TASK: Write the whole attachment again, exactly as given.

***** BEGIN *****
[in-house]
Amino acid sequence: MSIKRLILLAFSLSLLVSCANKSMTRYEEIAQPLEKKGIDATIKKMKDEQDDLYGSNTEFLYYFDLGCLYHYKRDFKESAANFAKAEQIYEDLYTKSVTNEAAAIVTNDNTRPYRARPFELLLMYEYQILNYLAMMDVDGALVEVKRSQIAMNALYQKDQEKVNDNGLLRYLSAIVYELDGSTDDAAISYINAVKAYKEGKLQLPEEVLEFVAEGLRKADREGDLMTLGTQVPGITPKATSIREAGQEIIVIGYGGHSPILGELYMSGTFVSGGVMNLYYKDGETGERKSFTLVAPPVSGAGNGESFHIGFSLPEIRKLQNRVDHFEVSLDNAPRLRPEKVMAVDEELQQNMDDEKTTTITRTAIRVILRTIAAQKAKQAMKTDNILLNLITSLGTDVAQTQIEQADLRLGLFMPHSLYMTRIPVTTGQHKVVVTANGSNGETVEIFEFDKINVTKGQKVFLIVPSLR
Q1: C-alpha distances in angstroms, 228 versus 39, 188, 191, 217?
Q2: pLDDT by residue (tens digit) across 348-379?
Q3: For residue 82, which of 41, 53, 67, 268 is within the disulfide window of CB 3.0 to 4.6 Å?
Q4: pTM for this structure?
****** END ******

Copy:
[in-house]
Amino acid sequence: MSIKRLILLAFSLSLLVSCANKSMTRYEEIAQPLEKKGIDATIKKMKDEQDDLYGSNTEFLYYFDLGCLYHYKRDFKESAANFAKAEQIYEDLYTKSVTNEAAAIVTNDNTRPYRARPFELLLMYEYQILNYLAMMDVDGALVEVKRSQIAMNALYQKDQEKVNDNGLLRYLSAIVYELDGSTDDAAISYINAVKAYKEGKLQLPEEVLEFVAEGLRKADREGDLMTLGTQVPGITPKATSIREAGQEIIVIGYGGHSPILGELYMSGTFVSGGVMNLYYKDGETGERKSFTLVAPPVSGAGNGESFHIGFSLPEIRKLQNRVDHFEVSLDNAPRLRPEKVMAVDEELQQNMDDEKTTTITRTAIRVILRTIAAQKAKQAMKTDNILLNLITSLGTDVAQTQIEQADLRLGLFMPHSLYMTRIPVTTGQHKVVVTANGSNGETVEIFEFDKINVTKGQKVFLIVPSLR
Q1: C-alpha distances in angstroms, 228 versus 39, 188, 191, 217?
Q2: pLDDT by residue (tens digit) across 348-379?
Q3: For residue 82, which of 41, 53, 67, 268 is within the disulfide window of CB 3.0 to 4.6 Å?
Q4: pTM for this structure?